Sometimes the TwitterSphere is just too constraining to get a thought across fully. I naively posted a question about the definition of "Application" – to see what would come back. It turned into a delightfully healthy discussion with some twists and turns along the way. It isn't every day that Duns Scotus and Humpty Dumpty show up in the same post – at least not unless Richard Veryard (@richardveryard) is involved!
So a good question is "Why do you want to define application?" My answer is actually that I don't want to DEFINE it, I just want to know what people might mean when they bandy the term about. As Nigel Green (@taotwit) and I chatted this morning at length on this and other topics, the recurring theme was, "I'd like a quick way to parse a conversation." In other words, when I am talking to someone and trying to understand what it is they want (requirements anyone?) I would like to know their frame of reference so that we can communicate.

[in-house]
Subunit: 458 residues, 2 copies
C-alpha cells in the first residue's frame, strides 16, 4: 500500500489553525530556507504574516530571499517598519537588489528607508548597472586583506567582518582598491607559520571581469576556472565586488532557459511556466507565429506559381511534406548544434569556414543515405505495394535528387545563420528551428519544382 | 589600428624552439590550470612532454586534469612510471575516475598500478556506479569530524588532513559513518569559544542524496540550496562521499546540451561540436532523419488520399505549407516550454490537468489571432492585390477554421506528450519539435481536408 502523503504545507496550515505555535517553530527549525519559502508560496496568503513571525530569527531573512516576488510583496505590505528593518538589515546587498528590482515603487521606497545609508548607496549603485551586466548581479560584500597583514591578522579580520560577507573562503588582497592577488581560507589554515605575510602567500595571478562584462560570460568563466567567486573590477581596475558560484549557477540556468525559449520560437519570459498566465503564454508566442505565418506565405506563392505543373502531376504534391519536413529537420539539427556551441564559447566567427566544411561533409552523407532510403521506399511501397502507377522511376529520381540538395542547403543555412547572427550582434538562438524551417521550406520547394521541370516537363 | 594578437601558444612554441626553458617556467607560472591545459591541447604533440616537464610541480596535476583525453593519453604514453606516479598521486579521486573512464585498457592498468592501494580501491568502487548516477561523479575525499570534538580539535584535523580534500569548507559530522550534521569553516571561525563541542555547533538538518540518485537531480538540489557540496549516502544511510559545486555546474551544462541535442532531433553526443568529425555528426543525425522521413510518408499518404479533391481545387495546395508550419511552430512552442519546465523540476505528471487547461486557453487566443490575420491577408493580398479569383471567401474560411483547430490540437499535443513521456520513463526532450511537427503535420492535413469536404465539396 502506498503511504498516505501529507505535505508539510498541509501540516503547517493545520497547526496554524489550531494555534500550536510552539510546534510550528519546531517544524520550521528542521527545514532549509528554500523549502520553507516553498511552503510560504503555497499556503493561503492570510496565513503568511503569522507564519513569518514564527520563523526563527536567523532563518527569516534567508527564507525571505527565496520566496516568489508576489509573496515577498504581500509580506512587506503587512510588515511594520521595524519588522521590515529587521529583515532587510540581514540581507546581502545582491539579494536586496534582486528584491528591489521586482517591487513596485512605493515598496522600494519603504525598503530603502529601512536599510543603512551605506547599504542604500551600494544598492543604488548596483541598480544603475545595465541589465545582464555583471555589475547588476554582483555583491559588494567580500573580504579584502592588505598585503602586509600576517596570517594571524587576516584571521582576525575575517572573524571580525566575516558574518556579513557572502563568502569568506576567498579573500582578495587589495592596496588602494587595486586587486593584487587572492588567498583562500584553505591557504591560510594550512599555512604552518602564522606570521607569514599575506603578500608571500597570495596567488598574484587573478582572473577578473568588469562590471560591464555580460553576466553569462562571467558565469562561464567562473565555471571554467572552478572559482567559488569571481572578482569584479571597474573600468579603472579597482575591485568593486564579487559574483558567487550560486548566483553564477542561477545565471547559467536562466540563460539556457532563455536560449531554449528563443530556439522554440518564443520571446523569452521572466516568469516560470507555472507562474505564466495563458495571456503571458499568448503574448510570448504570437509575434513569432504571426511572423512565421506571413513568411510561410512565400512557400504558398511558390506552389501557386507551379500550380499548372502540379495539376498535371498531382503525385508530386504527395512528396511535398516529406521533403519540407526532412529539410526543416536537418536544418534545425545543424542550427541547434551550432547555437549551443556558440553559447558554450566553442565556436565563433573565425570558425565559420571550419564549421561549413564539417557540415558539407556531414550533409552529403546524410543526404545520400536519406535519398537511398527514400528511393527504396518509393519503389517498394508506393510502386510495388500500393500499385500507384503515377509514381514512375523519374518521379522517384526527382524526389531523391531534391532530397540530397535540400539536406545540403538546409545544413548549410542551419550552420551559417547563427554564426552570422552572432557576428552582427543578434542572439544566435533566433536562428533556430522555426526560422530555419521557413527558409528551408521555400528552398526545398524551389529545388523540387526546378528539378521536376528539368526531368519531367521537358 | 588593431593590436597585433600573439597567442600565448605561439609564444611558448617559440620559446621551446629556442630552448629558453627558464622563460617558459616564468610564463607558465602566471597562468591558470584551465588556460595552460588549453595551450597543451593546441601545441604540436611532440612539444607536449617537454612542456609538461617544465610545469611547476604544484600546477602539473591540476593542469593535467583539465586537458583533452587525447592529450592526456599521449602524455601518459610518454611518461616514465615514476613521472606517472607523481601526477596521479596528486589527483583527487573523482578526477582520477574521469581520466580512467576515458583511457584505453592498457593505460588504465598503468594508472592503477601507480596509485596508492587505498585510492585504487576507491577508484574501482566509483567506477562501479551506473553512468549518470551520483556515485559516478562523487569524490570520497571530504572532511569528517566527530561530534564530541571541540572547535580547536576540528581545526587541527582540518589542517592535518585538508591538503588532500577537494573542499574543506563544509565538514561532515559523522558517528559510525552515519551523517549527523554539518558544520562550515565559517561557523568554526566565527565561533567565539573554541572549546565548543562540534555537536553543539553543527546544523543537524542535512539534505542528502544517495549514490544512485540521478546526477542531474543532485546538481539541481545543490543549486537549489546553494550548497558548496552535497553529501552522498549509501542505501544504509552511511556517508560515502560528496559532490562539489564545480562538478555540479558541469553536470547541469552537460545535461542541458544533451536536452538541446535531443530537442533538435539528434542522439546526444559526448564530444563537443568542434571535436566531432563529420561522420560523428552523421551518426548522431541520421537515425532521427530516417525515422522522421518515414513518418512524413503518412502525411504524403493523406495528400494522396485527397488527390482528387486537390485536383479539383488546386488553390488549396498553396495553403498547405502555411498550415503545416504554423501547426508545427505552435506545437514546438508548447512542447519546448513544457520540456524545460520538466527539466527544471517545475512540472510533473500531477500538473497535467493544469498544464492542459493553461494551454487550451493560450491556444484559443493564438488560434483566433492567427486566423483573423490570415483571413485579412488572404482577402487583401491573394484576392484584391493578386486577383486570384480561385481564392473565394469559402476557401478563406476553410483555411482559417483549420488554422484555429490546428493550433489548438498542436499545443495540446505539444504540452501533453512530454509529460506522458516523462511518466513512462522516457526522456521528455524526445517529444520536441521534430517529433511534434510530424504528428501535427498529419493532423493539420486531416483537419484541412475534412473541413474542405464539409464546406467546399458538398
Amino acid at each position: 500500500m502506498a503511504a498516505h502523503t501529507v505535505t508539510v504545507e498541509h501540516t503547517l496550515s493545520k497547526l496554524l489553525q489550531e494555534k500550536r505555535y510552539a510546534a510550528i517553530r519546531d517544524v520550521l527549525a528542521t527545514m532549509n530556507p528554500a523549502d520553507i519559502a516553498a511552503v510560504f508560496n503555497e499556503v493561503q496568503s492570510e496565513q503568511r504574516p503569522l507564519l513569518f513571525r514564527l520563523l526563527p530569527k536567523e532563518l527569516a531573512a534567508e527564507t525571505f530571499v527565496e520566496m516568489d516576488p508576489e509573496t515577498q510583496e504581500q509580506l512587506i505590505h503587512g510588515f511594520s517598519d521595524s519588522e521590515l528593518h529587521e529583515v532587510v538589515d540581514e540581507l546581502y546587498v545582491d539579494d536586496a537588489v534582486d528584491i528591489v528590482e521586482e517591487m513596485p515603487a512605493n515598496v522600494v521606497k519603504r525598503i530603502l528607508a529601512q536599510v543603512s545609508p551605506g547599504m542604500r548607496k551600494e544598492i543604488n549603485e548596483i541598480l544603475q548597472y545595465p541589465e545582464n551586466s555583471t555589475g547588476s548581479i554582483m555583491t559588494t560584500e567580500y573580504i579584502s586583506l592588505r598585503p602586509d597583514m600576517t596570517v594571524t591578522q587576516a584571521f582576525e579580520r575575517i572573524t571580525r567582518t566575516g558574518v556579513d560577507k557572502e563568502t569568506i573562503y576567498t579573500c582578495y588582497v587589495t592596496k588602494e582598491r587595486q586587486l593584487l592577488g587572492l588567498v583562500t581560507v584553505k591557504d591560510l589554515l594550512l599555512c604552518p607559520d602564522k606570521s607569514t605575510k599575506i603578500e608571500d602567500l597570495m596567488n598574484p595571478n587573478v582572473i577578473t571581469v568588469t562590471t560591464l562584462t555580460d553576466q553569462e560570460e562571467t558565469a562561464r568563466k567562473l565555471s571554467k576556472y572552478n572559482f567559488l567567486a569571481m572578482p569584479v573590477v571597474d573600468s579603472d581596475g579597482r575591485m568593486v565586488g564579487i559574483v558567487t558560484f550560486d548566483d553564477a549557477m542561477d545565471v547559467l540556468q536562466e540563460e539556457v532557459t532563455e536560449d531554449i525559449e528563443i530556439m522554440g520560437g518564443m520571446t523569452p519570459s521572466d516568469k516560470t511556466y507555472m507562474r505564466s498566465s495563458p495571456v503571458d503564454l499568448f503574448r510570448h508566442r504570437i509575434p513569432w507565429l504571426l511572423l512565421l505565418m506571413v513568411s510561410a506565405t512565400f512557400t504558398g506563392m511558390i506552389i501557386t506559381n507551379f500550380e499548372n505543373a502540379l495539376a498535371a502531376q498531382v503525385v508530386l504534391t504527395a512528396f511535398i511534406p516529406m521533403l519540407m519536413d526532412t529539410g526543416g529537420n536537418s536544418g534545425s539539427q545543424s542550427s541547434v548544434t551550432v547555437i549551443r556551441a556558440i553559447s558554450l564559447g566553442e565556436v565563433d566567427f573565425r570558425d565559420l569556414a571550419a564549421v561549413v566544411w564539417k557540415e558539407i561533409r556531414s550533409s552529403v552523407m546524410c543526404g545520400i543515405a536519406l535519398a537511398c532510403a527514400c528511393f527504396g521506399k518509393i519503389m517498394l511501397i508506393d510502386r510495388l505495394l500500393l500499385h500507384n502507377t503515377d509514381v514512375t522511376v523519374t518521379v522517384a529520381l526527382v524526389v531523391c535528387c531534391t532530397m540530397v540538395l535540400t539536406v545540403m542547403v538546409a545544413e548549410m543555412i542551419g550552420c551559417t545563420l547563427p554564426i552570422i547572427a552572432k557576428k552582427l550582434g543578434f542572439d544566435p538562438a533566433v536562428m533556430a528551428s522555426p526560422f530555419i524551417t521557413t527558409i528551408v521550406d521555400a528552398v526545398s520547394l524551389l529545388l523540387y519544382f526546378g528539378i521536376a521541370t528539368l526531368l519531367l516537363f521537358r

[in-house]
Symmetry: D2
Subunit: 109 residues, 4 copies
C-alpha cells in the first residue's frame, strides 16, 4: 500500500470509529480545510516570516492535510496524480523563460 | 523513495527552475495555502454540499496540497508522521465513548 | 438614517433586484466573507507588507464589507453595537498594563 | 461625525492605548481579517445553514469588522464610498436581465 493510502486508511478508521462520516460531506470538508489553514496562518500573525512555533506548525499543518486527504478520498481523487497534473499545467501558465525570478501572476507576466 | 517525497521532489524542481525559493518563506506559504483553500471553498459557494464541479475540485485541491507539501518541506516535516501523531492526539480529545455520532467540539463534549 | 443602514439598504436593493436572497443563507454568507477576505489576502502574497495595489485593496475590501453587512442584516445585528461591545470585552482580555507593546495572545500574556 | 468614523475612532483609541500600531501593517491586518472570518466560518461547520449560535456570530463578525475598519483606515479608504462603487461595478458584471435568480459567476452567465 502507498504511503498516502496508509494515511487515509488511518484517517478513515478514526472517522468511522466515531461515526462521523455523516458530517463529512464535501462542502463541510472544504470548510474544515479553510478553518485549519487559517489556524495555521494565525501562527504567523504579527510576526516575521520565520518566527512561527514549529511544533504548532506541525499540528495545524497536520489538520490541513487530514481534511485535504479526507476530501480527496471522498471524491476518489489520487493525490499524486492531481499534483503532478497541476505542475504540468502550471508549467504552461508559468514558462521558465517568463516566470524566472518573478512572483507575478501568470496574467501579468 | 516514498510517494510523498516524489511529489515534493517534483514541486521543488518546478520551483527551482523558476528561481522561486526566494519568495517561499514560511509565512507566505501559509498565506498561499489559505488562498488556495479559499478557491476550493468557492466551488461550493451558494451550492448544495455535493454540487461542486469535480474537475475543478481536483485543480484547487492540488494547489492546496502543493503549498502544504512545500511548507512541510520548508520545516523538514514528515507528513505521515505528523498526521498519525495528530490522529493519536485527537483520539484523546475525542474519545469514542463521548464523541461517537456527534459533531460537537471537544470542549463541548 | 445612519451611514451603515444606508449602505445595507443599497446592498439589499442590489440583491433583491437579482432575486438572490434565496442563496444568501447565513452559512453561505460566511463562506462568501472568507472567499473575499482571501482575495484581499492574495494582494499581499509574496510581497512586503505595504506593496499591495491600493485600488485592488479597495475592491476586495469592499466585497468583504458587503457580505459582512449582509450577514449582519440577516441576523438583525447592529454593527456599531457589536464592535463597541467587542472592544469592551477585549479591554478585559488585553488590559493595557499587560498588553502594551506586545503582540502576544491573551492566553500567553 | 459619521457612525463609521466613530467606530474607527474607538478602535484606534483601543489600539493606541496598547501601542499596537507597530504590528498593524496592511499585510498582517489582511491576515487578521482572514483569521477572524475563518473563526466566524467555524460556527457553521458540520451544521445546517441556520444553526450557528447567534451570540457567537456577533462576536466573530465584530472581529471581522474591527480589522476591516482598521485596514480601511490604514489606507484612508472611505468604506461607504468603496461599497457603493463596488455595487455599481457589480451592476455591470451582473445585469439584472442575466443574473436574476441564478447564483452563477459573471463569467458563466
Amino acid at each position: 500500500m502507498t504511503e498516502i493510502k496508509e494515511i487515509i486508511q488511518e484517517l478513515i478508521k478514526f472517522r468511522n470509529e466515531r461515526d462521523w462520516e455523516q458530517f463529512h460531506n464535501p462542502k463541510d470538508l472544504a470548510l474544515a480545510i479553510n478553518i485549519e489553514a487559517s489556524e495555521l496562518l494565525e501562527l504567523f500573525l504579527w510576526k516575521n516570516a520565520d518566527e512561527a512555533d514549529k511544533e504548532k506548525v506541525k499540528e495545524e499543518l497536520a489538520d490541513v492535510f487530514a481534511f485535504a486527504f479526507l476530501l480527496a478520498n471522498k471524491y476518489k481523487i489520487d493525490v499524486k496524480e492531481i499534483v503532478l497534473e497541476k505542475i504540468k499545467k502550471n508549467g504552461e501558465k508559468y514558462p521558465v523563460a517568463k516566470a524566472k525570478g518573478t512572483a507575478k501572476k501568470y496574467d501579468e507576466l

How often have we heard requirements that say things like, "I want a database that …." Actually, I suspect it isn't usually the database that the requestor wants, it is some way of manipulating the data with a purpose in mind. Maybe, even, an application (gasp).
So just as in a previous post where I was wondering about type/instance nomenclature, so here I am wondering about other opportunities for miscommunication.
Richard makes an interesting point, "@seabird20 If something persistently escapes or evades precision, then maybe it was the wrong concept in the first place." That may well be true, but we can't unbreak the egg. The words are out there, their meanings are many, we can't (and shouldn't) attempt to unify the vocabulary (even the Académie francaise has stopped trying to keep French completely pure – le weekend anyone?)
So this is not a cry for definition and ontology for its own sake. It is a means to collect lots of definitions so we can understand each other better. Of course, the more we share context, the more "shorthand" we can use to express ourselves – because we have either tacitly or explicitly agreed to the vocabulary. It is in the "getting to know you" stages where shared context and trust are established. It is at those early stages where slight misunderstandings can blossom into full-fledged disagreements and a loss of opportunity to trust.